if (in_array($view, $this->_views, TRUE)) {
            $views = array();
            foreach ($this->_views as $_view) {
                if ($_view !== $view) {
                    $views[] = $_view;
                }
            }
            $this->_views = $views;
        }
        return $this;
    }
   
    // render each partial view (leaf) and optionally the composite view
    public function render()
    {
        $innerView = ”;
        if (!empty($this->_views)) {
            foreach ($this->_views as $view) {
                $innerView .= $view->render();
            }
            $this->content = $innerView;
        }
        $compositeView = parent::render();   
        return !empty($compositeView) ? $compositeView : $innerView;
    }  
}// End View class

And finally, below you’ll find the definition of the concrete “Partial” class, which is tasked with creating single view objects. Check it out:

(Partial.php)


<?php

class Partial extends AbstractView
{
    // throw an exception as a partial view (leaf) cannot add another view
    public function addView(AbstractView $view)
    {
        throw new ViewException(‘A partial view cannot add another view.’);  
    }
   
    // throw an exception as a partial view (leaf) cannot remove another view
    public function removeView(AbstractView $view)
    {
        throw new ViewException(‘A partial view cannot remove another view.’);  
    }   
}// End Partial class

Mission accomplished. Now that you have all of the composite view classes created in this series available in a single place, feel free to give them a try and see if they really can be used for building web pages by using partial sections and master layouts.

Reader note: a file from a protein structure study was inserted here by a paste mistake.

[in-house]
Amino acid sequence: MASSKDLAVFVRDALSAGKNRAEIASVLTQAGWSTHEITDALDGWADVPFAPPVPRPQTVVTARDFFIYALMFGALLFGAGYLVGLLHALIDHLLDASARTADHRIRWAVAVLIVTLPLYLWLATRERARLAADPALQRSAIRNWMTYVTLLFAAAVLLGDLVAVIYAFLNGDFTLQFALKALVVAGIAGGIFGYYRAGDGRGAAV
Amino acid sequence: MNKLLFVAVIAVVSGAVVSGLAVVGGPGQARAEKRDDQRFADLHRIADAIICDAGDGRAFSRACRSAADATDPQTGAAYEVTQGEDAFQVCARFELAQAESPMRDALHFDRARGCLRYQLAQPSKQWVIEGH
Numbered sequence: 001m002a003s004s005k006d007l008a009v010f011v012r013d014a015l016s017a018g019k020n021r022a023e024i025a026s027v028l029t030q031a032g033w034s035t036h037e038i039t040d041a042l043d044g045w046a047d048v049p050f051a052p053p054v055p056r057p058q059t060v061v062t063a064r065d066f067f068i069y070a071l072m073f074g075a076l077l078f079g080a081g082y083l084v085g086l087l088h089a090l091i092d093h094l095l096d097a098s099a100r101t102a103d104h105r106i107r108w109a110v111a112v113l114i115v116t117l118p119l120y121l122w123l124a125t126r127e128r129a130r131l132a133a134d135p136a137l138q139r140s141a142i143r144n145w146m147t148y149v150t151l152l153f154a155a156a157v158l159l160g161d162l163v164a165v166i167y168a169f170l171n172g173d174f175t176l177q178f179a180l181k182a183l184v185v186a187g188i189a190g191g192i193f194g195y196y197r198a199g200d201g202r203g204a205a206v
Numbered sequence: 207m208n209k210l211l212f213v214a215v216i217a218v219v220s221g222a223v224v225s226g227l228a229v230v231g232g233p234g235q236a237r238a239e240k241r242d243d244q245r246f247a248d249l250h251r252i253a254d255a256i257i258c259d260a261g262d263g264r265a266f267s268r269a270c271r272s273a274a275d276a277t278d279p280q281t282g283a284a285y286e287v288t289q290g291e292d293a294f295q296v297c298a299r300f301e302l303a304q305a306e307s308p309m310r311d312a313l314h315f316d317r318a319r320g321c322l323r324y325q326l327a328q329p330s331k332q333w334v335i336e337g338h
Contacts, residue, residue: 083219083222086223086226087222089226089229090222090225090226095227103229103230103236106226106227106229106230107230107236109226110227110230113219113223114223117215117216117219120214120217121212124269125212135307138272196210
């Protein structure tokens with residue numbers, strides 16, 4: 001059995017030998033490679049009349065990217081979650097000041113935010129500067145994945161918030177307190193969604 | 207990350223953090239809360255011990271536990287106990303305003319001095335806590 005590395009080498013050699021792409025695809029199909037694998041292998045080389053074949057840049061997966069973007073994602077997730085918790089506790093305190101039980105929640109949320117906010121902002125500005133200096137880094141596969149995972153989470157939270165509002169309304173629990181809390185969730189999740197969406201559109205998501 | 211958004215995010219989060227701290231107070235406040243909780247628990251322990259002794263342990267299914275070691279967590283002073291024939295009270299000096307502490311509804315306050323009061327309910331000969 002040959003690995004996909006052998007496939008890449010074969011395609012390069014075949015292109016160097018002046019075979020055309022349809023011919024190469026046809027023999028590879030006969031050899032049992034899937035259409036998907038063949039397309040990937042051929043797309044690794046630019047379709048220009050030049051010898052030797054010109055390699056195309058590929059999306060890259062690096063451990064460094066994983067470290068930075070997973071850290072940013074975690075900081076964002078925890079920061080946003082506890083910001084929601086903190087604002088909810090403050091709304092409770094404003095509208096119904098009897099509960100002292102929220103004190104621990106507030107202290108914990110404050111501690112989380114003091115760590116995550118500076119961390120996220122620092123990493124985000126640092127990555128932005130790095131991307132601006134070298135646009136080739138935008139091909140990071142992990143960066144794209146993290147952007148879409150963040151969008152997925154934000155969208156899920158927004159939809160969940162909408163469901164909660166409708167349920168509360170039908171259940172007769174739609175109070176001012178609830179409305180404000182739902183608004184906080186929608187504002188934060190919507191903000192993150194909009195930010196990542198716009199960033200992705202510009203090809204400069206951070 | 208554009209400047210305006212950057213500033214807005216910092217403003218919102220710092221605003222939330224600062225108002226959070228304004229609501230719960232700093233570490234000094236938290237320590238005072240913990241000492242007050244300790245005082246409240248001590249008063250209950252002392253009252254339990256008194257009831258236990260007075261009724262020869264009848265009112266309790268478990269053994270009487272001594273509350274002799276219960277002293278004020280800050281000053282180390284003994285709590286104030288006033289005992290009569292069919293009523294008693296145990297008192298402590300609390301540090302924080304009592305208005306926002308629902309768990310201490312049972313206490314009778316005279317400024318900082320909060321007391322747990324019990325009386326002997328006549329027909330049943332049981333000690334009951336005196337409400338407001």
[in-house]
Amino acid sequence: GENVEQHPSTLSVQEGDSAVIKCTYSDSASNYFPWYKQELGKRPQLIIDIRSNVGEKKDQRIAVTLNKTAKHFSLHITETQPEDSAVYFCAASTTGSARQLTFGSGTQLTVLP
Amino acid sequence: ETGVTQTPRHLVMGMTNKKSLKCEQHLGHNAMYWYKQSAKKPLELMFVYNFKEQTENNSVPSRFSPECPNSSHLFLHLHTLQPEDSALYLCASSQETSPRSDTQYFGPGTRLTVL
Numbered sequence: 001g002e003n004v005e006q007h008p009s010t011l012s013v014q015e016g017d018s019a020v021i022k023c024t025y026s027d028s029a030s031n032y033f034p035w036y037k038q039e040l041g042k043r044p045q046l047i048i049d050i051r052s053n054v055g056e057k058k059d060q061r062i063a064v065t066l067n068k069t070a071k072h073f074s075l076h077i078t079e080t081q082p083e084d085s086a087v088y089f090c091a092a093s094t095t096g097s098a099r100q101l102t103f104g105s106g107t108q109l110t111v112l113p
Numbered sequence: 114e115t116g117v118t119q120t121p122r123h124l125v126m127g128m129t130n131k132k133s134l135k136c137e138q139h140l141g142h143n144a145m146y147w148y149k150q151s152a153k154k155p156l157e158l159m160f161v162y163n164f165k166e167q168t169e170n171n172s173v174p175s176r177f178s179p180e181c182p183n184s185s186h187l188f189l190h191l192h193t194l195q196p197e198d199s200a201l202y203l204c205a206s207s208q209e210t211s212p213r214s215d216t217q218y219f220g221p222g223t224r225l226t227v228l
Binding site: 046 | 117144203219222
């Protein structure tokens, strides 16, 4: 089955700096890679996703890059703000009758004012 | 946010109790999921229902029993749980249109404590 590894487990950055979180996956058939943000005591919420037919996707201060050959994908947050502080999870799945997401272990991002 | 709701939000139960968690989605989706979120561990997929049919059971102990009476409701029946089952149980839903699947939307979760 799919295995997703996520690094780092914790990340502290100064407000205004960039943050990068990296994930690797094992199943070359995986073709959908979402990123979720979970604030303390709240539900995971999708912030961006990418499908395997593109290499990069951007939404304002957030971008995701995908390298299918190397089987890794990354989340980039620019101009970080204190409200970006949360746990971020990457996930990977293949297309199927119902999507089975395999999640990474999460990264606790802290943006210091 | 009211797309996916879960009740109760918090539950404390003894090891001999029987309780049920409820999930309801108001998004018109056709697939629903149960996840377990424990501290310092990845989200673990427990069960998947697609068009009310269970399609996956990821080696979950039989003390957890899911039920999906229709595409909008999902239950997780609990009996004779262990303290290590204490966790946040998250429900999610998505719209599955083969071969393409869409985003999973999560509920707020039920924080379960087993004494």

Anyway, if you feel intimidated and don’t know yet how to tackle this process with confidence, don’t feel concerned, since it’ll be covered in depth in the forthcoming tutorial.

Final thoughts

That’s all for now. In this third part of the series, I went through the development of a concrete class derived from the abstract parent built previously, which was charged with creating simple view objects. As you saw, this class isn’t capable of aggregating new objects or even removing existing ones, so the inherited “addView()” and “removeView()” methods simply throw a couple of exceptions when called by client code.

Having already created a hierarchy of composite view classes, the next step we must take is to put these classes into action. This way, you’ll see how flexible they can really be when rendering (X)HTML templates. With that premise in mind, in the following article I’m going to set up a concrete example that will use all of the sample classes defined so far.

Here’s my final piece of advice: don’t miss the next part!